I am in need of ya'lls experience with sitter usage on med-surg areas and telemetry areas. I am manager of about 70-ish total telemetry beds. Half of these are informally considered as step-down ICU beds. Our current nurse patient ratio is about 1:4-6 depending on acuity and shift and all the other usual variables. The patient population is mixed 50/50 medical/surgical, with half being open hearts, s/p MI's, CHF, acute CVA, post interventional caths.
My inquiry is this: How does your facility use sitters as a replacement for restraint use? Where do the FTEs come from?...are they paid out of your cost center and therefore a negative impact on your productivity? In my experience, we use alot of sitters...some pay periods in excess of 600-700 hours...with many of these sitters being used to keep patients out of the critical care areas, for example: an OD who otherwise would go to the ICU for 1:1 observation is placed with a sitter in my post interventional area where the n
ratio is 1:2-3, or the patient who is siezing and without a sitter would be in the ICU. There seems to be an opinion higher up in the organization that these are cute little old folks with oldtimers disease...that if I put mittens on these patients, or close the door to their room so they won't wander that this will fix it. After I stop rambling here I'm going to write a data collection tool to provide meaningful information to convince those above me that their ideas may not meet our needs. I'd love to hear from anyone having similar experiences...thanks!!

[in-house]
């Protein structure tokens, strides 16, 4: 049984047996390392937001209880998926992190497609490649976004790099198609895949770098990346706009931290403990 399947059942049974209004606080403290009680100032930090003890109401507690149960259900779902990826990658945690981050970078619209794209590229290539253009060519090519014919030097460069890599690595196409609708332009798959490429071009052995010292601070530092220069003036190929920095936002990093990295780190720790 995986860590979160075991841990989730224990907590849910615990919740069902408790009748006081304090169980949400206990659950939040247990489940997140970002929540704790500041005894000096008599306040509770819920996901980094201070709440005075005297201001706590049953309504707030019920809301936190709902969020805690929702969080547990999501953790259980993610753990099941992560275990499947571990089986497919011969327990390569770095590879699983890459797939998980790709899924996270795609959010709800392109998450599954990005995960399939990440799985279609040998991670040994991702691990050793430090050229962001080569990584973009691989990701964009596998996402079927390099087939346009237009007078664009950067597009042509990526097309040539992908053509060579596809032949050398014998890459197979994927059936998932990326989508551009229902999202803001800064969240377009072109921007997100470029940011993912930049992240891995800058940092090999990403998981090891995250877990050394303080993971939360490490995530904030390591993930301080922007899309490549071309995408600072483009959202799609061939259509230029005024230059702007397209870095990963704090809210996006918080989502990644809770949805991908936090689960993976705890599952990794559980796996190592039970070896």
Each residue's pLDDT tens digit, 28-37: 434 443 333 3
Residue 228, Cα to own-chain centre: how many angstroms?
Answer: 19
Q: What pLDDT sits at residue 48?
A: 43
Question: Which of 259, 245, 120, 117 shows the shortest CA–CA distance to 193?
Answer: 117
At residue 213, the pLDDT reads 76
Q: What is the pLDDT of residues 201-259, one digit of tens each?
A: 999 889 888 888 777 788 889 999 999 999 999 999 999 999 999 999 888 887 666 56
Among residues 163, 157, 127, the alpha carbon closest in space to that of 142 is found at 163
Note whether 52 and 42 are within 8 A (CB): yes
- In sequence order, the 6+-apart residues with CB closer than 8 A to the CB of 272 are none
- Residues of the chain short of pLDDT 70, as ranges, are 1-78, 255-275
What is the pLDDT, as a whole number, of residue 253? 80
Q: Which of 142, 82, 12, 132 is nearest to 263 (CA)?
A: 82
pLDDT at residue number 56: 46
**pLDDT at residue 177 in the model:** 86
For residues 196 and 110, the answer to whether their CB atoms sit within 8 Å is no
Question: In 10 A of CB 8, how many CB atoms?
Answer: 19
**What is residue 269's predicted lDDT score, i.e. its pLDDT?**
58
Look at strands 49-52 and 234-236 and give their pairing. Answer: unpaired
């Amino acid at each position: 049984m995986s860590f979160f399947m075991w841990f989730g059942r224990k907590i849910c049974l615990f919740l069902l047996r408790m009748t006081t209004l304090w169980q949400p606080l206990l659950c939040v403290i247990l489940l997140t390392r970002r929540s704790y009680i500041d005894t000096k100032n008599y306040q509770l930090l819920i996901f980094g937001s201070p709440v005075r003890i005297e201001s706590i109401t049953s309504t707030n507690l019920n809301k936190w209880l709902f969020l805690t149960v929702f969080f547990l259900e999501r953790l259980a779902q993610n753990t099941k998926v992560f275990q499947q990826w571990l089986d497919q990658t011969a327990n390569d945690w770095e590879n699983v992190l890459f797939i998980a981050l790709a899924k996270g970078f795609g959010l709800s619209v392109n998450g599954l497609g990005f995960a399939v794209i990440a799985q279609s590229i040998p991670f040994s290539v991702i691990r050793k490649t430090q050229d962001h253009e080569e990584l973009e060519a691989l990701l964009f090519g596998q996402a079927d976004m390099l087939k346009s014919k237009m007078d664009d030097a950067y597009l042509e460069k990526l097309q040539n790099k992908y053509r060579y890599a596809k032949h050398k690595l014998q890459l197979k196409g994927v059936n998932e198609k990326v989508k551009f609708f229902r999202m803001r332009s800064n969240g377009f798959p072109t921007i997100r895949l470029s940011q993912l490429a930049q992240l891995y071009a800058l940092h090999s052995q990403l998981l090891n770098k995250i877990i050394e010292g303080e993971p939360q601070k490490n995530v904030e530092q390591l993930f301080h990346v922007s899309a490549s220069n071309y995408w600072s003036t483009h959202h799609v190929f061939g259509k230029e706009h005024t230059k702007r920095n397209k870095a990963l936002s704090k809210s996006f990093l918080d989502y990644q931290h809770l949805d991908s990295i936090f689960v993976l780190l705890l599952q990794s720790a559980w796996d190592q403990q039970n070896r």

Dec 23, '01
JCAHO set the rules about 4 side rails up = restraints. We have some beds that have different controls on each of the 4 side rails, but have to leave a pair of side rails down even if it makes the controls inaccessible to the patients and the nurses. My unit (CV-ICU) had a history of minimal restraint use, but we still got nailed by them last June or July (before they said 4 siderails were restraints). They didn't like the way we got our MDs to order restraints daily; it had to be EVERY 24 HOURS!! and the doc was to come in and evaluate the pt. themselves before we could apply restraints. YEAH RIGHT! I posted a thread on it at the time; later, JCAHO backed down and said we could restrain pts. before the doc saw them. We had quite a write-in campaign at the time, and I wrote to my state senators and congressmen about this rule. Something helped, but then the rule about the side rails came out (I doubt if they were connected, though). We use sitters frequently, but I don't think they count as part of our staff. I don't know how they are budgeted for.
Last edit by Jenny P on Dec 23, '01